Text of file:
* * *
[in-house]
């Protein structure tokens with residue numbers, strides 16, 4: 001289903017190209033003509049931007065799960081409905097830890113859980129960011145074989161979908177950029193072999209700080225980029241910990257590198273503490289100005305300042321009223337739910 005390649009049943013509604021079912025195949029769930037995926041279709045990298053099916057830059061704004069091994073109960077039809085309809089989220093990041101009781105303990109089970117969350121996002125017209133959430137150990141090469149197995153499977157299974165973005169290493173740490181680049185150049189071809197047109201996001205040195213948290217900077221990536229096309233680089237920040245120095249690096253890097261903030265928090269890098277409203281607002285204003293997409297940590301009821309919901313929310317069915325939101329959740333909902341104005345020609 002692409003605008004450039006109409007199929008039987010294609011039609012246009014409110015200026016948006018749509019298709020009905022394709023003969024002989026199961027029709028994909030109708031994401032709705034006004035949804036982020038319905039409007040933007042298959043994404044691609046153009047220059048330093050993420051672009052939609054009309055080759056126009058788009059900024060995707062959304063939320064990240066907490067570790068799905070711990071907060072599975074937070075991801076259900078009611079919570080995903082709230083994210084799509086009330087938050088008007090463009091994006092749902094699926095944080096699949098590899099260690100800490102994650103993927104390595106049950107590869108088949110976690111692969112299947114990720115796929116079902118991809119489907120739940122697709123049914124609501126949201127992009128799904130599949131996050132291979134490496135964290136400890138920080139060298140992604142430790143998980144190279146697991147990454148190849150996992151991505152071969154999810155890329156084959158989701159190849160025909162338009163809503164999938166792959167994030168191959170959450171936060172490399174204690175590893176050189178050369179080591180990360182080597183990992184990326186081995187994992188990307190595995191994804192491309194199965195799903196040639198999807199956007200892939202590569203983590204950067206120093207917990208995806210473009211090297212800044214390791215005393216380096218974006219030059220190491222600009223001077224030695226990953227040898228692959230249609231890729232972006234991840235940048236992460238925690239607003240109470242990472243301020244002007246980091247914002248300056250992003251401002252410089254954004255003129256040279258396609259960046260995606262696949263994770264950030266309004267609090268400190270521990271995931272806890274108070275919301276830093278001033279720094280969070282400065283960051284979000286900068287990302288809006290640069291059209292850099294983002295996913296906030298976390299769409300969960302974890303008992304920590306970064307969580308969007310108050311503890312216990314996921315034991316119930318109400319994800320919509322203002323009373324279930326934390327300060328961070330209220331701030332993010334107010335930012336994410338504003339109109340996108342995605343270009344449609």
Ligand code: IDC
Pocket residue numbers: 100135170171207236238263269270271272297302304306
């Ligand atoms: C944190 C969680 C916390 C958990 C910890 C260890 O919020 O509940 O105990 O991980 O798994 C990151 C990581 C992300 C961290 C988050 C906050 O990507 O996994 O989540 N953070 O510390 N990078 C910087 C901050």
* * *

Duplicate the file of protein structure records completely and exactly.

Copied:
[in-house]
């Protein structure tokens with residue numbers, strides 16, 4: 001289903017190209033003509049931007065799960081409905097830890113859980129960011145074989161979908177950029193072999209700080225980029241910990257590198273503490289100005305300042321009223337739910 005390649009049943013509604021079912025195949029769930037995926041279709045990298053099916057830059061704004069091994073109960077039809085309809089989220093990041101009781105303990109089970117969350121996002125017209133959430137150990141090469149197995153499977157299974165973005169290493173740490181680049185150049189071809197047109201996001205040195213948290217900077221990536229096309233680089237920040245120095249690096253890097261903030265928090269890098277409203281607002285204003293997409297940590301009821309919901313929310317069915325939101329959740333909902341104005345020609 002692409003605008004450039006109409007199929008039987010294609011039609012246009014409110015200026016948006018749509019298709020009905022394709023003969024002989026199961027029709028994909030109708031994401032709705034006004035949804036982020038319905039409007040933007042298959043994404044691609046153009047220059048330093050993420051672009052939609054009309055080759056126009058788009059900024060995707062959304063939320064990240066907490067570790068799905070711990071907060072599975074937070075991801076259900078009611079919570080995903082709230083994210084799509086009330087938050088008007090463009091994006092749902094699926095944080096699949098590899099260690100800490102994650103993927104390595106049950107590869108088949110976690111692969112299947114990720115796929116079902118991809119489907120739940122697709123049914124609501126949201127992009128799904130599949131996050132291979134490496135964290136400890138920080139060298140992604142430790143998980144190279146697991147990454148190849150996992151991505152071969154999810155890329156084959158989701159190849160025909162338009163809503164999938166792959167994030168191959170959450171936060172490399174204690175590893176050189178050369179080591180990360182080597183990992184990326186081995187994992188990307190595995191994804192491309194199965195799903196040639198999807199956007200892939202590569203983590204950067206120093207917990208995806210473009211090297212800044214390791215005393216380096218974006219030059220190491222600009223001077224030695226990953227040898228692959230249609231890729232972006234991840235940048236992460238925690239607003240109470242990472243301020244002007246980091247914002248300056250992003251401002252410089254954004255003129256040279258396609259960046260995606262696949263994770264950030266309004267609090268400190270521990271995931272806890274108070275919301276830093278001033279720094280969070282400065283960051284979000286900068287990302288809006290640069291059209292850099294983002295996913296906030298976390299769409300969960302974890303008992304920590306970064307969580308969007310108050311503890312216990314996921315034991316119930318109400319994800320919509322203002323009373324279930326934390327300060328961070330209220331701030332993010334107010335930012336994410338504003339109109340996108342995605343270009344449609």
Ligand code: IDC
Pocket residue numbers: 100135170171207236238263269270271272297302304306
């Ligand atoms: C944190 C969680 C916390 C958990 C910890 C260890 O919020 O509940 O105990 O991980 O798994 C990151 C990581 C992300 C961290 C988050 C906050 O990507 O996994 O989540 N953070 O510390 N990078 C910087 C901050």